Lifestyle & Belief

Texan teenager stricken with brain damage after smoking synthetic marijuana


A marijuana plant growing at Perennial Holistic Wellness Center, a nonprofit medical marijuana dispensary in in Los Angeles, California.


David McNew

 A Texas 17-year-old has been stricken with permanent brain damage after consuming synthetic marijuana, a chemical substance meant to simulate the high caused by the naturally grown plant.

Emily Bauer, a resident of Cypress, Texas, had been taking synthetic weed marketed as "potpourri" at a gas station, says CNN, and then began developing painful migraines after consuming the substance over the course of two weeks.

Read more from GlobalPost: Fake marijuana sends thousands to the emergency room

After consuming synthetic weed in December, she had a series of strokes that left her in a psychotic state, writes the Independent, forcing doctors to put her into a medically induced coma. It was thought that Bauer wouldn't survive.

However, Bauer pulled through, and although she remains "confused," she is now able to move her limbs and consume solid food.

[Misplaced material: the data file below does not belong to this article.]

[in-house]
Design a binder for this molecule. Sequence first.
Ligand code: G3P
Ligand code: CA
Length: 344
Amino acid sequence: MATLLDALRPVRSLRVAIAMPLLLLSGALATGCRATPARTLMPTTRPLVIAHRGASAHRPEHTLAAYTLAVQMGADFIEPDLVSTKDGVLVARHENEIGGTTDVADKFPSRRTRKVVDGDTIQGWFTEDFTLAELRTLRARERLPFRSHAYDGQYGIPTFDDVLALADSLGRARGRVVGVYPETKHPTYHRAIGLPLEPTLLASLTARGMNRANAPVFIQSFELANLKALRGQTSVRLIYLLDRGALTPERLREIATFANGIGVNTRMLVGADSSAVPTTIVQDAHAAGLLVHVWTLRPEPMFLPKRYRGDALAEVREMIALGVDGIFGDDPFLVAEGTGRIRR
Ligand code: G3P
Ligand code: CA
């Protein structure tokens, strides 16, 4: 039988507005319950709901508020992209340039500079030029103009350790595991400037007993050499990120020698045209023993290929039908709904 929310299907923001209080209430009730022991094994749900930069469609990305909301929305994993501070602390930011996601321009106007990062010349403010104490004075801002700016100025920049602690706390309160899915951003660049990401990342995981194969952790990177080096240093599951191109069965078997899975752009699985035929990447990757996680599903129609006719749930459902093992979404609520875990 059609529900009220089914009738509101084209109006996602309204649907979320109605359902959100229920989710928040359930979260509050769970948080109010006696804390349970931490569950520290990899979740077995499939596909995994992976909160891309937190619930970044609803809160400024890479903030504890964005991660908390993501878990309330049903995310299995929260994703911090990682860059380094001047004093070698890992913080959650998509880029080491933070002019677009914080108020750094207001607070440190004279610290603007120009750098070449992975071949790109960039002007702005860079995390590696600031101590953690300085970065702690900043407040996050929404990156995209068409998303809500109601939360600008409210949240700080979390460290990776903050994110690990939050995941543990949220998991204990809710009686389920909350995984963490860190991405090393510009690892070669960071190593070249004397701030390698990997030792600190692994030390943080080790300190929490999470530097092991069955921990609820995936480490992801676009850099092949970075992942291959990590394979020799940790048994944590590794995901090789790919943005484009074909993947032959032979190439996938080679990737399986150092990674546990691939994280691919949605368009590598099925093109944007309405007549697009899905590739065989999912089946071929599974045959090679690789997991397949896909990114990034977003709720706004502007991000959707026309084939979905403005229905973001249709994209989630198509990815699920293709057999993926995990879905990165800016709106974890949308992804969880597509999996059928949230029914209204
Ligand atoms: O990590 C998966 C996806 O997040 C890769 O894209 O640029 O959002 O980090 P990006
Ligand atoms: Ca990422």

Read more from GlobalPost: Synthetic marijuana "Spice" blamed for attack on elderly couple

Synthetic marijuana is illegal in Texas, but the makers of "Spice," which Bauer consumed, adjusted the level of chemicals in the drug so that it was not covered by the law, says CNN.

According to Texas Defense, Texan authorities are finding it hard to enforce the ban, due to the subtle differences between legal and not-illegal variants of the drug.

A recent US government study found that faux marijuana sent thousands to the emergency room in 2010 alone, and can cause symptoms such as "agitation, nausea, vomiting, tachycardia (rapid heartbeat), elevated blood pressure, tremor, seizures, hallucinations, paranoid behavior and non-responsiveness."